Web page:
So, with a new story – “One Hundred” in the current issue of Analog Science Fiction Science Fact, it seems like a good opportunity. After all, if you’ve read and enjoyed the story, you might like to read some more of mine.
But where to start? Well, Analog stories are firmly hard science fiction – “One Hundred” is set in a Mars colony – so that’s what I’ll promote here.
“Mars Cycler” is a kind of another Mars story, since that’s the destination. The Mars cycler is one of Buzz Aldrin’s babies, a great way to solve the issue of getting materials and people to Mars and back. My friend Martin Shoemaker has a wonderful series – Blue Collar Space – with many stories set on a cycler. Some of these have been in Analog, so a tip of my hat to Martin here.
Athena Setting, is about a disaster in the orbit of Jupiter, and Gretel is about problems aboard a generation ship heading for the stars.
All good rollicking adventures.
If you want to try some of my other adventure novels, a good place to start would be Asteroid Jumpers. It’s softer science fiction, involving faster than light travel and a few other conveniences, but it is one of my personal favorites. It’s the first in a series, followed by Ice Hunters and Ship Tracers, with two more in series coming out in the next year or so – Desert Creepers and Core Runners. More rollicking adventures.
With the vagaries of postage, I had two publications arrive in the mail a couple of days apart.
A couple of days back, I mentioned my story in New Zealand literary magazine Landfall.
A while before, I mentioned my story “Chasing Oumuamua” in the May/June issue of Asimov’s Science Fiction. I said enough then enough then, but receiving the actual artifact is always exciting. This is my seventh story in Asimov’s (my second this year), and I’m still surprised each time. Little old me, next to other authors like Jay O’Connell and Ian R. MacLeod. Wow.
Now, I have no more stories lined up for the rest of the year. I will be self-publishing some, of course, and I’m submitting stories all the time.
Hoping to have Red Alliance, the sequel to my middle grade novel Blue Defender, out by the end of June. Lots of business things keeping me busy too.
Following “Ventiforms” in the January – February 2019 issue of Asimov’s Science Fiction, I’m privileged to have have a new story “Chasing Oumuamua” in the May – June issue.
“Chasing Oumuamua” is, I guess, another of my family relationships story. Ultimately I think most of my stories are along those lines. Even when there’s lots of stuff blowing up and people hanging onto blistering railings by their fingertips.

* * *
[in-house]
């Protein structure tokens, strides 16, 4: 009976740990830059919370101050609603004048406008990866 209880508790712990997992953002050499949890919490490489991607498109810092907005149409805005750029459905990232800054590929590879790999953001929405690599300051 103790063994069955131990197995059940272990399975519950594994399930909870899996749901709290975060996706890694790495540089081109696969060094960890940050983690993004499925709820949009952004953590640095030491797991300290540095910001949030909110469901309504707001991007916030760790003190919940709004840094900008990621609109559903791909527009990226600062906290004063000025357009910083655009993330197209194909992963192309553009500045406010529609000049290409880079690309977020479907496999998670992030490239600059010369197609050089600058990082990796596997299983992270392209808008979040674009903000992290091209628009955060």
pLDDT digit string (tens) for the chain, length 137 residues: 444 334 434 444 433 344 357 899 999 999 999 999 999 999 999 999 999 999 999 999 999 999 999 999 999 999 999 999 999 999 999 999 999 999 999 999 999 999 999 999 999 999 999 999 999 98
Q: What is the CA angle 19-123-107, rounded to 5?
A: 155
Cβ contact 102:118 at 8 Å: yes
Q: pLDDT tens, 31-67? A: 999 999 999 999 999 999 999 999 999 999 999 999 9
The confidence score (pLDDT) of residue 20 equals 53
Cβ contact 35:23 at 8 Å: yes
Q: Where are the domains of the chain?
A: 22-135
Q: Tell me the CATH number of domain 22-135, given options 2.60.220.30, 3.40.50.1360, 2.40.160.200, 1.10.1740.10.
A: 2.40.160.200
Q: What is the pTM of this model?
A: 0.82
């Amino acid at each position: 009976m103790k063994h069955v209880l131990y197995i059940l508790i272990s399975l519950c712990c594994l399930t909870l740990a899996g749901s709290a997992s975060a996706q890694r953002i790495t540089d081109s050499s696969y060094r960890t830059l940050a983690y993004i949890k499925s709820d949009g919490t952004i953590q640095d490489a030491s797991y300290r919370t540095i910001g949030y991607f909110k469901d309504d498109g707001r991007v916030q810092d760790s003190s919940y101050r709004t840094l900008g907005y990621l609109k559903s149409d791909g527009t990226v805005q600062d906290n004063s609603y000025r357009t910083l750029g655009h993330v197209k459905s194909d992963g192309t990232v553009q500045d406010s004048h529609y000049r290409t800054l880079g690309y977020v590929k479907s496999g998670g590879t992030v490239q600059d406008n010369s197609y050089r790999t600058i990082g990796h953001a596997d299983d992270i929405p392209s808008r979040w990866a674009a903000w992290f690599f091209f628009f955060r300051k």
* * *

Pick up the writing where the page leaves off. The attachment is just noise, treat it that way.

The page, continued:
‘Oumuamua was the name given to a chunk of interstellar flotsam (or possibly jetsam) that flittered through our solar system (well, it’s still within the solar system, just that it’s on its way out and we can’t actually see it any more), first noticed in 2017.
‘Oumuamua comes from the Hawaiian ‘oumuamua, meaning scout (forgive me if I have the wrong), and I kind of like that name. Just a little scout, coming to take a look around. There’s a good overview on Wikipedia. Yes, the apostrophe comes first – something I neglected in my story.
While I’m here (I’m not here as often as I should be, but perhaps that’s a good thing), I’ll mention one or two other things.
I have another story coming out in Landfall, the Autumn 2019 issue which should be out in the next few weeks. “Landslide Country” is me heading into more literary territory, with a story about a retired woman finding herself coming of age, I suppose.
Landfall is New Zealand’s iconic literary magazine and I’m grateful to editor Emma Neale for taking the story. This will be my third appearance in Landfall’s pages, which is kind of cool.
This is also the first year where I’ve had three pro stories come out. Not a bad first half. I’m still somewhat startled that I’ve had even one at all, ever 🙂 I mean, seriously look at the names on the cover of Asimov’s there! Holy Money.
I’m still blogging on Pro Writers Writing – every Monday morning a new post comes out. That’s taking a little energy away from here, too, I guess. That’s okay. It stretches my brain. I am thinking that I’ll collate my posts maybe next year into a little book of my take on how to be a writer.
I do try to stay a few posts ahead on that. My posts there are a little like here too, somewhat stream of consciousness. They also come in bursts. Sometimes I’ll write three in a week, sometimes I’ll see next Monday looming and wonder what the heck I’m going to ramble about.
Also, “Ventiforms” my story from Asimov’s this past January, will be out as a standalone ebook on May 31st. Just in time for Geysercon. I’m moderating a panel, and sitting on another. I hope to have some print copies available for release at the con too.
Wonderful evocative illustration for the story by Kerem Gogus there. I like the image, and it’s forced me to shift around the type in places I wouldn’t normally put it. I don’t know what a professional designer would make of it, but I like it.
I’ll fill in more on Geysercon and other things in another post soon.